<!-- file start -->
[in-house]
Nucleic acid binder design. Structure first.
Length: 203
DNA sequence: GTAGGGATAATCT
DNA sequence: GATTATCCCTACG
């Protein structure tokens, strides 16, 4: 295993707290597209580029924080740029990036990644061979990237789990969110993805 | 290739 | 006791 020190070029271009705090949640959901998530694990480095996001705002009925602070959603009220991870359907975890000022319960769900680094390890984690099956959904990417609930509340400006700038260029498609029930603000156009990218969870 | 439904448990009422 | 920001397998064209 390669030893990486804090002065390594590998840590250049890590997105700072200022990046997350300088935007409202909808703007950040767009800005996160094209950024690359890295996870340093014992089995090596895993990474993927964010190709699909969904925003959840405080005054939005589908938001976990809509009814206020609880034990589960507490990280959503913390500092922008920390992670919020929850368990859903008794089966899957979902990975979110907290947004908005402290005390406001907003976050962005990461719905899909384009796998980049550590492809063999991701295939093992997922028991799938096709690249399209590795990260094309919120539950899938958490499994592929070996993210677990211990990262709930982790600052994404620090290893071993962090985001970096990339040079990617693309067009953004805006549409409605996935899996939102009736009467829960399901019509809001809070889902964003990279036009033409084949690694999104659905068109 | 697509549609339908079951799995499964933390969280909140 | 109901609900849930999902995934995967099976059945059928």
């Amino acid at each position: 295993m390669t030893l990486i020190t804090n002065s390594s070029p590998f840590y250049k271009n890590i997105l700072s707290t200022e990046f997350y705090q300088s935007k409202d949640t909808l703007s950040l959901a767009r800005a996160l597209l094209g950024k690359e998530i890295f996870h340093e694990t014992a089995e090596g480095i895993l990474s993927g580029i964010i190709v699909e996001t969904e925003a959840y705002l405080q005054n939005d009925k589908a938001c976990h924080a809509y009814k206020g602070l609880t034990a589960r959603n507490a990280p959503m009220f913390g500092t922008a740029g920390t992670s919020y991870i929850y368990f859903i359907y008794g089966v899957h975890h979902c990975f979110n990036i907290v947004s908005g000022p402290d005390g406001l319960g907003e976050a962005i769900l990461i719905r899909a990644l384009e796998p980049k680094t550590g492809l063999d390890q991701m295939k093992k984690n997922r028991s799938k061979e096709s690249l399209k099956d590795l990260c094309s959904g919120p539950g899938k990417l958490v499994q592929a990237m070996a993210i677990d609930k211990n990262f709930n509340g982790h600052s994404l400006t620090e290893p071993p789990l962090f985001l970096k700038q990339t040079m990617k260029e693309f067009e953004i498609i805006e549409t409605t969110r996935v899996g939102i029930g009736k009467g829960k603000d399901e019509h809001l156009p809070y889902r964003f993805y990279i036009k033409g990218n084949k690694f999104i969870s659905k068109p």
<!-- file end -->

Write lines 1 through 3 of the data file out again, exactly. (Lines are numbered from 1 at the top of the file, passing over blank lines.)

[in-house]
Nucleic acid binder design. Structure first.
Length: 203